Description:Paper turtle shell or paper butterfly folded into sections for students’ reference drawings of plants at John Heinz National Wildlife Refuge
1. Familiarization and ability to identify some plants at JHNWR.
2. Knowledge of symmetry in organisms.
3. Both creative and scientific depiction of different plants and animals.
Grade level or Target Age Range:Elementary to middle school
Sample, Historical Art Examples, and References:
Vocabulary: Bilateral symmetry, names of plants, radial symmetry, balance, approximate
Materials: Construction paper, scissors, and markers, crayons or color pencils
Anticipatory Set: Organisms are all vastly different. What traits do they have in common? Show photos of animal faces, human faces, butterflies, and turtles. Symmetry is big part of how organisms have evolved on this planet. Symmetry is also a good way to organize information, like a book!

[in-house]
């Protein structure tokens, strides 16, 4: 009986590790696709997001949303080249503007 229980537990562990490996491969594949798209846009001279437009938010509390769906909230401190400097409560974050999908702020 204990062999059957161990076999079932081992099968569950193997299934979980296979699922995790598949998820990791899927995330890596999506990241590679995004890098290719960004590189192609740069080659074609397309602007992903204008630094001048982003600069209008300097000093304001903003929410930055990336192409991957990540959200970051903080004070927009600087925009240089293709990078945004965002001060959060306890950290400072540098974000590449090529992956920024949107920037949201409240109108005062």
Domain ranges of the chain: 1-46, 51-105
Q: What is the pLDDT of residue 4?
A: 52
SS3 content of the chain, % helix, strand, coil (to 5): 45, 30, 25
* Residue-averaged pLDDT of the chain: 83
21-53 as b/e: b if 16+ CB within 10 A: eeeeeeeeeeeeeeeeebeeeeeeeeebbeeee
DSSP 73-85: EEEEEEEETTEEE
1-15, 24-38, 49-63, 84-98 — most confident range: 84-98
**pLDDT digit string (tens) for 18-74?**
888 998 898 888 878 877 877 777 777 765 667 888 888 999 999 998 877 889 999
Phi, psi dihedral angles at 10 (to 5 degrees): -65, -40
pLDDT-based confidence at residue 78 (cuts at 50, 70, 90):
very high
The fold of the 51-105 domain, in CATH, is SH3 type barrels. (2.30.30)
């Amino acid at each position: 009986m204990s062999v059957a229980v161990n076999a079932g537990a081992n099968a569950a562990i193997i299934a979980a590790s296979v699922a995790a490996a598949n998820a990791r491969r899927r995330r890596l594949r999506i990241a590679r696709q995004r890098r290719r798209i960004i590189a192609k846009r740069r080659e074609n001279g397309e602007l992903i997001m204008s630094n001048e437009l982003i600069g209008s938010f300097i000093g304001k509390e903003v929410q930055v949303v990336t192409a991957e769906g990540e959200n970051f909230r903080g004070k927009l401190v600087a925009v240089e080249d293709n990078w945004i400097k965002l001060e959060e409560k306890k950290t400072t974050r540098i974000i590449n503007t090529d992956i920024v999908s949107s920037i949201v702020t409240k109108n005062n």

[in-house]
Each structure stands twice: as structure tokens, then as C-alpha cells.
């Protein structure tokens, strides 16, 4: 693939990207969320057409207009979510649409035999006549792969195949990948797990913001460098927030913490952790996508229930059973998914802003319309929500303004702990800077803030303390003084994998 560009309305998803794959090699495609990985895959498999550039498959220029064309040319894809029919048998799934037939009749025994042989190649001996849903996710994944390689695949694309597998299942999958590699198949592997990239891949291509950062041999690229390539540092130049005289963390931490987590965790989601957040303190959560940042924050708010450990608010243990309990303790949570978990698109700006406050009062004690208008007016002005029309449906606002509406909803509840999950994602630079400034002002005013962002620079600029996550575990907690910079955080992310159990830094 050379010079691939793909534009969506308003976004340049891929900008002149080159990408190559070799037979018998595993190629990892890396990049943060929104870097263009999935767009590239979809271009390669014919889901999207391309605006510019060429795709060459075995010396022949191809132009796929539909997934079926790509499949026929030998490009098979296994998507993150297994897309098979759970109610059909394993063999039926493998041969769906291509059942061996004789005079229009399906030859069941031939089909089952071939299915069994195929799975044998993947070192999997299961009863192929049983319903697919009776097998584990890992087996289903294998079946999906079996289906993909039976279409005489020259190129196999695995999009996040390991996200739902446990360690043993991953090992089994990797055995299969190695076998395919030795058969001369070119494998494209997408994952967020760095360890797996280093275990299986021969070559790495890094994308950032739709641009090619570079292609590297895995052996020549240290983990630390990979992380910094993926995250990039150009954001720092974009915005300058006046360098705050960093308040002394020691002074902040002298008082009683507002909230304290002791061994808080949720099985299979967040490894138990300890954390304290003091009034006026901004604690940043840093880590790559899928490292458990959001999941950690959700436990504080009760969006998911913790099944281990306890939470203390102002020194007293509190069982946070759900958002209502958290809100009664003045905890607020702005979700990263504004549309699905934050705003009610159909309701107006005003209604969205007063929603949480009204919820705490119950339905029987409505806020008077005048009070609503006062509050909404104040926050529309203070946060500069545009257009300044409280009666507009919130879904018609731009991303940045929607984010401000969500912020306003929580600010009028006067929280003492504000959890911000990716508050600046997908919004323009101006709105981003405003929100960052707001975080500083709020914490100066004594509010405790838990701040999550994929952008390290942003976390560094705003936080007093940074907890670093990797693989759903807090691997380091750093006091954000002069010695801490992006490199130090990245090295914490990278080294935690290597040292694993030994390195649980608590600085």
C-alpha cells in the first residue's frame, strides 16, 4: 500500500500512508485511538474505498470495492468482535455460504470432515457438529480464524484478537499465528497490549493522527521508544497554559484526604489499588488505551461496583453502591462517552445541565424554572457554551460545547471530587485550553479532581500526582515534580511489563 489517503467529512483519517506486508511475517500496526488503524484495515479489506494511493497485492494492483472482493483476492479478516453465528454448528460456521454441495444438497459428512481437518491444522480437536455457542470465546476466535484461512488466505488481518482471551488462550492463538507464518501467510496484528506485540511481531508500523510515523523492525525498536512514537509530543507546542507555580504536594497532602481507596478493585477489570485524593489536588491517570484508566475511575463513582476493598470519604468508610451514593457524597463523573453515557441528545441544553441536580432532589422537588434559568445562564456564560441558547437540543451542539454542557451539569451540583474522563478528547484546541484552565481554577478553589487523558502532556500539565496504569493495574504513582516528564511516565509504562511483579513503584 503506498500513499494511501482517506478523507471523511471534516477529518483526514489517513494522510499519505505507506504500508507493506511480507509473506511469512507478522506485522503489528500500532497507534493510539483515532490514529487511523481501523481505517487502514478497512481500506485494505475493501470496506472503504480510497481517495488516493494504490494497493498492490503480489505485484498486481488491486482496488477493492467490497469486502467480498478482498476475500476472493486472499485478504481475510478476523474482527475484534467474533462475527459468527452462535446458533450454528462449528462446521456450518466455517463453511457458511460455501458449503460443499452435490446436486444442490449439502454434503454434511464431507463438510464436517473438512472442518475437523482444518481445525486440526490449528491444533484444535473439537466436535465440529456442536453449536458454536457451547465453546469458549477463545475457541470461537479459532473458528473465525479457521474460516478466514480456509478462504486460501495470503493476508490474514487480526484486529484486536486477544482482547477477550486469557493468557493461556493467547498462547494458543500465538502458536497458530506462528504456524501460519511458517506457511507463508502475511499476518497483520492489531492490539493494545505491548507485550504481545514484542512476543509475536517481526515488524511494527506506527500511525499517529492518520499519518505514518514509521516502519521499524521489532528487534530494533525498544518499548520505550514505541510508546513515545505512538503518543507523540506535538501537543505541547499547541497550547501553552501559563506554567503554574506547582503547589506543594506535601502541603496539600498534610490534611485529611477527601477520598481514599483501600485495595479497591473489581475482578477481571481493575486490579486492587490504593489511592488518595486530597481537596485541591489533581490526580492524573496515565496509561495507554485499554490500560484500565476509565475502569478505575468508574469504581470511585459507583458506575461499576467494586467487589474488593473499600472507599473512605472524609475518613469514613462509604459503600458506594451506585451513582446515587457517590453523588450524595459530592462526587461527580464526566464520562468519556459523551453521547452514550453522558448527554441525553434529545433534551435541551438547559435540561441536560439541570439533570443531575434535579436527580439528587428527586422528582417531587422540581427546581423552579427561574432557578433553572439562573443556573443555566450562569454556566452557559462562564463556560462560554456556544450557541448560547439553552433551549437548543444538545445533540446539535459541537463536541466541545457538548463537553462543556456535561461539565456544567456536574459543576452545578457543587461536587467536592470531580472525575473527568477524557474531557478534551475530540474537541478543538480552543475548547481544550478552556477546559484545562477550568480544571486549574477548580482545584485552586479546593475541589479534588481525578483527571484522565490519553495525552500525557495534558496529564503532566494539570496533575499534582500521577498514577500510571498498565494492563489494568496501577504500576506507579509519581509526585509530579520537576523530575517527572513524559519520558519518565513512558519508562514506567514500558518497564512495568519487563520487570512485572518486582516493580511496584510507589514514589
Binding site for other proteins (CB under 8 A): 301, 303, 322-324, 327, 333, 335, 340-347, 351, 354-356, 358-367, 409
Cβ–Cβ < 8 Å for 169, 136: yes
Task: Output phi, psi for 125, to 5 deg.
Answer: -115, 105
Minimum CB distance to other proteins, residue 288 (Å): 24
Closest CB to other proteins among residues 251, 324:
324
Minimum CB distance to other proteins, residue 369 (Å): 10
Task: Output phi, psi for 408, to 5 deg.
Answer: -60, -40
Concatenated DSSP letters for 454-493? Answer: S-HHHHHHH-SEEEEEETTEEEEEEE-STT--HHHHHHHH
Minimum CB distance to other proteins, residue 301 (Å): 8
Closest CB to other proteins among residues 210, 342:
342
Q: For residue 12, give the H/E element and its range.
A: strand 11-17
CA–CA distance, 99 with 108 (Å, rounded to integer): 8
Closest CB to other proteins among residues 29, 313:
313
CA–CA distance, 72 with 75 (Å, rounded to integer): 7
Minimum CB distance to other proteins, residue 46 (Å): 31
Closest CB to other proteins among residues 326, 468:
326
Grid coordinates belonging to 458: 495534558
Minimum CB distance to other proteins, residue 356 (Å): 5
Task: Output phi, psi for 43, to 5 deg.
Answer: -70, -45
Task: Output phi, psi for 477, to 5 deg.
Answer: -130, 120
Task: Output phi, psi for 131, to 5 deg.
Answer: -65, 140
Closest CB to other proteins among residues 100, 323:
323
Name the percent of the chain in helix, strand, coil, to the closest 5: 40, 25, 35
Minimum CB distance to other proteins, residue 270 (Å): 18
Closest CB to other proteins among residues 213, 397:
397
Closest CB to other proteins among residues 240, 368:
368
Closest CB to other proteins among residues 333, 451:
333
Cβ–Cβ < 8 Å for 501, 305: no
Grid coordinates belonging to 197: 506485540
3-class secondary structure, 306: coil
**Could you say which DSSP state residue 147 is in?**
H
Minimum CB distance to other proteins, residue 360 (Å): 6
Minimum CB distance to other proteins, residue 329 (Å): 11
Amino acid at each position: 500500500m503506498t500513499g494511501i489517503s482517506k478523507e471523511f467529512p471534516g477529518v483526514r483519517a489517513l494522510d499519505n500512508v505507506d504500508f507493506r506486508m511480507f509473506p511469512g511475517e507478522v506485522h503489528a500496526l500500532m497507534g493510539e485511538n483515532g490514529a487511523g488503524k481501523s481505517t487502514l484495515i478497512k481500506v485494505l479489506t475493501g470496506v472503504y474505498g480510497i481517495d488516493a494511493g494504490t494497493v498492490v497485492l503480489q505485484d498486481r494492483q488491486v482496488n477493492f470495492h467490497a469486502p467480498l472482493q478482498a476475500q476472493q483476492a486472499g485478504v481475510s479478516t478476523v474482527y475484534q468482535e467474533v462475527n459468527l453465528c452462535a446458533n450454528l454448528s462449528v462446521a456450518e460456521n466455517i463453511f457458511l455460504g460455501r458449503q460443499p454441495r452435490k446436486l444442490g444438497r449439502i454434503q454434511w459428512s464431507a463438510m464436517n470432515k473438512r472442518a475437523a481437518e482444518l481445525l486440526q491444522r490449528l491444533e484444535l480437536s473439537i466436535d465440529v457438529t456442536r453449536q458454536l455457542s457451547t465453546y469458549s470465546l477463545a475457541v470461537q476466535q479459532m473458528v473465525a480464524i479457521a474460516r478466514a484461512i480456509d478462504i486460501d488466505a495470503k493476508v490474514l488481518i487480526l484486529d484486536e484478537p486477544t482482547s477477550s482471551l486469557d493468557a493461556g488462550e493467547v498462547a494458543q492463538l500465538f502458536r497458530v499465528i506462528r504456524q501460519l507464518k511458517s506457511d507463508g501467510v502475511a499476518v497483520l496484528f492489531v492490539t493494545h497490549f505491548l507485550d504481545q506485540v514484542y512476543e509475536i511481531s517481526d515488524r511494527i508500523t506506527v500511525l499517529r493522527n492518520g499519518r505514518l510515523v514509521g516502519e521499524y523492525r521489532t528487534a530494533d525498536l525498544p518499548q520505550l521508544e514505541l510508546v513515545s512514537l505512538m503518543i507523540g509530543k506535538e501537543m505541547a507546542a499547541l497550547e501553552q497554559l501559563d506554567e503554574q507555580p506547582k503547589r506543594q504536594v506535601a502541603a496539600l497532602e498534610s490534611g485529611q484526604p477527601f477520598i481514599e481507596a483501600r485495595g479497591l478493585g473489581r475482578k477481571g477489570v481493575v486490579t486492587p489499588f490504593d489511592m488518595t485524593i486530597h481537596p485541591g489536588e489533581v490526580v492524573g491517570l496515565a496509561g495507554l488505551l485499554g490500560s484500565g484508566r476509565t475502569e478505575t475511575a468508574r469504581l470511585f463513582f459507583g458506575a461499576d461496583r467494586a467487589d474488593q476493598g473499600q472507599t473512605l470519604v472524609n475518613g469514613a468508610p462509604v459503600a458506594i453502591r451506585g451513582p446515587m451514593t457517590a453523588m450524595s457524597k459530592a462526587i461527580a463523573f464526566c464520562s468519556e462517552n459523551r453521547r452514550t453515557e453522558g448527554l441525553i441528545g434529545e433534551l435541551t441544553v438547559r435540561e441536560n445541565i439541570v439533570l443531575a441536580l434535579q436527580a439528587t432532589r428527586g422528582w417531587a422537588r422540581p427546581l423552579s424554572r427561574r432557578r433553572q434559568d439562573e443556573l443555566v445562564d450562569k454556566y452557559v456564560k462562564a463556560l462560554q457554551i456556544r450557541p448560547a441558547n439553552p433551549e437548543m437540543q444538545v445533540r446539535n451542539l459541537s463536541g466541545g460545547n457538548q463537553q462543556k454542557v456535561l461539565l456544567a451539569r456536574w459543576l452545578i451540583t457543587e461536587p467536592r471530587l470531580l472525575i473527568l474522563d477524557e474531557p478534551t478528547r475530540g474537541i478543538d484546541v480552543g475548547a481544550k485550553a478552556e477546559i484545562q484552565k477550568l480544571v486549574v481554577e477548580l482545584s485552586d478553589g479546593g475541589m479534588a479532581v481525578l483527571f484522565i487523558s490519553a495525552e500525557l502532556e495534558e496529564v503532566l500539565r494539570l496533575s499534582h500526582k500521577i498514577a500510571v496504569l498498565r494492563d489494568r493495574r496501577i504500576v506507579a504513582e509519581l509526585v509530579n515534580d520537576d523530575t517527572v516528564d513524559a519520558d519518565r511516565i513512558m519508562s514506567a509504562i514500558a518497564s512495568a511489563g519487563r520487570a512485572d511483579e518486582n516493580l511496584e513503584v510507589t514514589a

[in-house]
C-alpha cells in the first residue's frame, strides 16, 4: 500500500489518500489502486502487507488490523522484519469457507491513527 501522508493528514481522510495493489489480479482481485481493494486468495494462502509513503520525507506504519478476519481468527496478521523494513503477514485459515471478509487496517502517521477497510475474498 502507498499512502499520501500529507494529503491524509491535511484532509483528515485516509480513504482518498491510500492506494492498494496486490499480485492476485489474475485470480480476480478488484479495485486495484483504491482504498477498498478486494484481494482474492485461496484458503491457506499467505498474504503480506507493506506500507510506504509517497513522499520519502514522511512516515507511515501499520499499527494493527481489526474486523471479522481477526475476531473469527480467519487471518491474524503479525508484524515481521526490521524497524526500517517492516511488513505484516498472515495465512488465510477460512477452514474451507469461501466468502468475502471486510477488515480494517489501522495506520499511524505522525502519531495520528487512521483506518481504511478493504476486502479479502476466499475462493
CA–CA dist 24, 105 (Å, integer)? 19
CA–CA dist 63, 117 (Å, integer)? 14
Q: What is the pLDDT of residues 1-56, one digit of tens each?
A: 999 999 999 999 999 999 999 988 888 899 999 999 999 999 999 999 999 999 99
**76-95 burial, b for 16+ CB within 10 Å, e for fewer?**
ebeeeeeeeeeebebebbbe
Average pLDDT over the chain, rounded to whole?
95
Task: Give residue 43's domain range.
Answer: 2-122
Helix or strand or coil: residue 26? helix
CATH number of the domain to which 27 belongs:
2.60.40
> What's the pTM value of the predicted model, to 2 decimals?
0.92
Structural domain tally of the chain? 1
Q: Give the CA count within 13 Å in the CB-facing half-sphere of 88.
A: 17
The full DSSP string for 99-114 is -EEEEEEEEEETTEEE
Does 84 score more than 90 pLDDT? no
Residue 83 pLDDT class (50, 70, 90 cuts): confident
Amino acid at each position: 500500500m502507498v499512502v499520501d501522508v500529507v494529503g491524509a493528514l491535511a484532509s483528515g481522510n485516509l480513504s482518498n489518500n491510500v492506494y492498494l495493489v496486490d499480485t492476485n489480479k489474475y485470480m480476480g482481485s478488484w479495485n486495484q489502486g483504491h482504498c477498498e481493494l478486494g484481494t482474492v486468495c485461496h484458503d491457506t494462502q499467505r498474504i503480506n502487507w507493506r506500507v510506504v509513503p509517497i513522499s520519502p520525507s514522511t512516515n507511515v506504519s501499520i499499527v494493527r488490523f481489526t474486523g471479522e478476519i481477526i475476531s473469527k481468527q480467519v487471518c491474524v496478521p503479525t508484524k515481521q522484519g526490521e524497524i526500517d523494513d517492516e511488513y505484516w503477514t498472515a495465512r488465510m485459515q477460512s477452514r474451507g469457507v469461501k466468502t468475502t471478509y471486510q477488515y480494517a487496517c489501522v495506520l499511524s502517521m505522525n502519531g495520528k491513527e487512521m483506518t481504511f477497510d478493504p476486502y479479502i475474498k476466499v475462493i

1. Show examples of bilateral and radial symmetry. Then show finished project sample. Demonstrate cutting out turtle or butterfly shape.
2. Demonstrate folding into 6 or 8 sections (6 for butterflies, 8 for turtles). Then display reference photos for plants (wild rice, duckweed, arrowhead, and spadderdock).
3. Demonstrate drawing basic shapes of plants on alternate sections of folded butterfly or turtle shell, leaving a space on the left or right of each drawing for the plant’s name. Emphasize that plant drawings can be any color and the shape can be approximate. Help any individual students as needed.
4. Display names for each plant next to reference photos, so students can write them next to their own drawings (can be common name, scientific name, or both).
5. Students have done their biological work! Have fun showing how butterflies and turtles move by demonstrating with finished projects.
6. Share any necessary clean-up.